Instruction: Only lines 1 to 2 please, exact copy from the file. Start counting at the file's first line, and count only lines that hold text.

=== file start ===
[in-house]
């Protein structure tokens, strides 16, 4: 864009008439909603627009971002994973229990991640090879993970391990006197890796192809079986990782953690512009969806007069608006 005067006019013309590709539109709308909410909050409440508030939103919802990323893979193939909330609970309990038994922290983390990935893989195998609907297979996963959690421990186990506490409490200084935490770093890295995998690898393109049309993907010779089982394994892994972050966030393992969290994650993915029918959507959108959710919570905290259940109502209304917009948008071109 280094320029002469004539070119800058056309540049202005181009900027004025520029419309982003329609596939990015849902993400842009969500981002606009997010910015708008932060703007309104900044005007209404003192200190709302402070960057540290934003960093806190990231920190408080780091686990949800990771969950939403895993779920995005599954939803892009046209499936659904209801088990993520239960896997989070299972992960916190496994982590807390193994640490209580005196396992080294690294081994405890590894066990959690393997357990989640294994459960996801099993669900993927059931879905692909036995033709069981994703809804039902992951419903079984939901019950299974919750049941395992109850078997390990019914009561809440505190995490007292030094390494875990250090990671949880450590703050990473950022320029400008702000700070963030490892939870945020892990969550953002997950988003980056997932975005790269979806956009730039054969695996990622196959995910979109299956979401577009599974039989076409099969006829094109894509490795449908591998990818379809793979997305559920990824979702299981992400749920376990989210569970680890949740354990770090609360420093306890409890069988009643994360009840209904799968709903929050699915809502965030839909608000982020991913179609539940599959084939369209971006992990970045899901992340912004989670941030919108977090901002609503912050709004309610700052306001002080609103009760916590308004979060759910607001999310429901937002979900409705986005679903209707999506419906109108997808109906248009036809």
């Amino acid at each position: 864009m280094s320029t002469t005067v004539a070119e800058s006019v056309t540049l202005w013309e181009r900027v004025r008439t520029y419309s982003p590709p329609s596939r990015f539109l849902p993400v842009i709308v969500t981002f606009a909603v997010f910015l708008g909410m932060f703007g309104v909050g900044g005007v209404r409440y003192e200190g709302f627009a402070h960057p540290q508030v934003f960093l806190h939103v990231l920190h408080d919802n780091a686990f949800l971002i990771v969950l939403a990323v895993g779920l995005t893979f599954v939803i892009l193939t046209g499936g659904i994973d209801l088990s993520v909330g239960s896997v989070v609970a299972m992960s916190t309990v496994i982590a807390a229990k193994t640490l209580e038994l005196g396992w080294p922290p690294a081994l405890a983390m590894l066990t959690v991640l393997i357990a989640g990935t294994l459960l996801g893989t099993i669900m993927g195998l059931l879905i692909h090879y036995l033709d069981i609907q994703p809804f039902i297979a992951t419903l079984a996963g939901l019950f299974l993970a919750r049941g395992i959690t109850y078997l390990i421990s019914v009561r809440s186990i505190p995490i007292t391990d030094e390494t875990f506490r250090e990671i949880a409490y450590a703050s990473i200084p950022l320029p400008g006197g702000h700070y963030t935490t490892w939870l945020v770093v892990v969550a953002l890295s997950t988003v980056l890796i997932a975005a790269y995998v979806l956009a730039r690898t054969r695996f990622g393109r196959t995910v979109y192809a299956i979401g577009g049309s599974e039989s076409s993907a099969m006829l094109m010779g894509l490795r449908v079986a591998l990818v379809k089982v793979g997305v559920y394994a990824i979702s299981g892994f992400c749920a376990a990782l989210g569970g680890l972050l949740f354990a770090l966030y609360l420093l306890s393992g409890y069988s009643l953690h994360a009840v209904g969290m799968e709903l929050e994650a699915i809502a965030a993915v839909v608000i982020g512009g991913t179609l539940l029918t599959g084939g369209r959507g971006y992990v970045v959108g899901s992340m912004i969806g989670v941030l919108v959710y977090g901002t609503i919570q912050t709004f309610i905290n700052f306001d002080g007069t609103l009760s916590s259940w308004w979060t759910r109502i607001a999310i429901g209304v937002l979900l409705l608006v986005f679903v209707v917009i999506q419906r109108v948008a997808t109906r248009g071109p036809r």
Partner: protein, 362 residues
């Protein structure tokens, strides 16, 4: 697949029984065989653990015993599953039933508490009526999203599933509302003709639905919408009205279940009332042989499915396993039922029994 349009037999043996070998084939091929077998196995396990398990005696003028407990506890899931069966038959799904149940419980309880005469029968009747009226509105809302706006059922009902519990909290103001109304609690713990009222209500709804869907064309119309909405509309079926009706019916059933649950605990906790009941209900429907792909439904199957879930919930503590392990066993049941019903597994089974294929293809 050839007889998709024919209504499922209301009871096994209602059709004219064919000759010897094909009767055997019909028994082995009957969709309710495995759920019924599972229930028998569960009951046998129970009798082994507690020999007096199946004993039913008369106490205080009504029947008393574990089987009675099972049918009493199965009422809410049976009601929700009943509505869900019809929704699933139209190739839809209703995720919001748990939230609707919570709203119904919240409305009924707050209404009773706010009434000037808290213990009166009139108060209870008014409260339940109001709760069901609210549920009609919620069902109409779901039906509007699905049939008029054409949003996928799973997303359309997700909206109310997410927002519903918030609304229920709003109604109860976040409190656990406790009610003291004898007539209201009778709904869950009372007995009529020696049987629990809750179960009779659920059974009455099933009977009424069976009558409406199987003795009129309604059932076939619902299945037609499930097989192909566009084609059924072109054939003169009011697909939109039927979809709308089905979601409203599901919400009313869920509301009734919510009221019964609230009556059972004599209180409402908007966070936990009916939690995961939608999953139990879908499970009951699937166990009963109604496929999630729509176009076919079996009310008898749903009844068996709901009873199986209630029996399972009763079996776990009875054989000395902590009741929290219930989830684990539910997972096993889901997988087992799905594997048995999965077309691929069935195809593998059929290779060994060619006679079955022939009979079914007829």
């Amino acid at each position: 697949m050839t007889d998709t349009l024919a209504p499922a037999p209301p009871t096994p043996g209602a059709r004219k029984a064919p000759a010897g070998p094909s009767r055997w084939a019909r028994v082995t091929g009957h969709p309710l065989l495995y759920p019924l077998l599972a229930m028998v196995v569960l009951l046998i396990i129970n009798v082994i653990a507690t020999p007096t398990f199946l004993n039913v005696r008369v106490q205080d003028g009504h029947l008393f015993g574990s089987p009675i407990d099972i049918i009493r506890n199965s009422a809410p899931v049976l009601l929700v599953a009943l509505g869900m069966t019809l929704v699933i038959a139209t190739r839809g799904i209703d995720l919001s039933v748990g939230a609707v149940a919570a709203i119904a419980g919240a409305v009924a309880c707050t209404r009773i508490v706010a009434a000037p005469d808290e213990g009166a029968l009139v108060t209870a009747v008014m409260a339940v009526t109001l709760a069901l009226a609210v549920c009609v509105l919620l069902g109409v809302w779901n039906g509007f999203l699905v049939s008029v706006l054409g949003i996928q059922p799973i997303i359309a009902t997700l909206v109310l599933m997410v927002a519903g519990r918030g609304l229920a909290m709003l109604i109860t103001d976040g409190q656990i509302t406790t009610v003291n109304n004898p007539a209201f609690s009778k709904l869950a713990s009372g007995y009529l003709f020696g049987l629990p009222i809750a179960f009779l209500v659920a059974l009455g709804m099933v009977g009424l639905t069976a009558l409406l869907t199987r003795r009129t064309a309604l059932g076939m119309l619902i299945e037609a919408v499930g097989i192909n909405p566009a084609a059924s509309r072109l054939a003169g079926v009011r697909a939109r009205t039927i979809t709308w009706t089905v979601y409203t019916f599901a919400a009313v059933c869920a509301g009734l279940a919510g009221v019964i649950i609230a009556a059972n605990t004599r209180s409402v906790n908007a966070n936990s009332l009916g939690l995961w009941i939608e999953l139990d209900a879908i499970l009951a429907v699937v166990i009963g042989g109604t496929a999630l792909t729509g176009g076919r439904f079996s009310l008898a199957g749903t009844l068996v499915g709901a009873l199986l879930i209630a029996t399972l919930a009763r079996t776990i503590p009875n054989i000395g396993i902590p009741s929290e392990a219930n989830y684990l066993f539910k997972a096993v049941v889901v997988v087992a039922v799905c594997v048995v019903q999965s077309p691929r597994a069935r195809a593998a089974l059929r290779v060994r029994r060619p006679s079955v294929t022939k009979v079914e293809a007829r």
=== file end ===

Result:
[in-house]
């Protein structure tokens, strides 16, 4: 864009008439909603627009971002994973229990991640090879993970391990006197890796192809079986990782953690512009969806007069608006 005067006019013309590709539109709308909410909050409440508030939103919802990323893979193939909330609970309990038994922290983390990935893989195998609907297979996963959690421990186990506490409490200084935490770093890295995998690898393109049309993907010779089982394994892994972050966030393992969290994650993915029918959507959108959710919570905290259940109502209304917009948008071109 280094320029002469004539070119800058056309540049202005181009900027004025520029419309982003329609596939990015849902993400842009969500981002606009997010910015708008932060703007309104900044005007209404003192200190709302402070960057540290934003960093806190990231920190408080780091686990949800990771969950939403895993779920995005599954939803892009046209499936659904209801088990993520239960896997989070299972992960916190496994982590807390193994640490209580005196396992080294690294081994405890590894066990959690393997357990989640294994459960996801099993669900993927059931879905692909036995033709069981994703809804039902992951419903079984939901019950299974919750049941395992109850078997390990019914009561809440505190995490007292030094390494875990250090990671949880450590703050990473950022320029400008702000700070963030490892939870945020892990969550953002997950988003980056997932975005790269979806956009730039054969695996990622196959995910979109299956979401577009599974039989076409099969006829094109894509490795449908591998990818379809793979997305559920990824979702299981992400749920376990989210569970680890949740354990770090609360420093306890409890069988009643994360009840209904799968709903929050699915809502965030839909608000982020991913179609539940599959084939369209971006992990970045899901992340912004989670941030919108977090901002609503912050709004309610700052306001002080609103009760916590308004979060759910607001999310429901937002979900409705986005679903209707999506419906109108997808109906248009036809």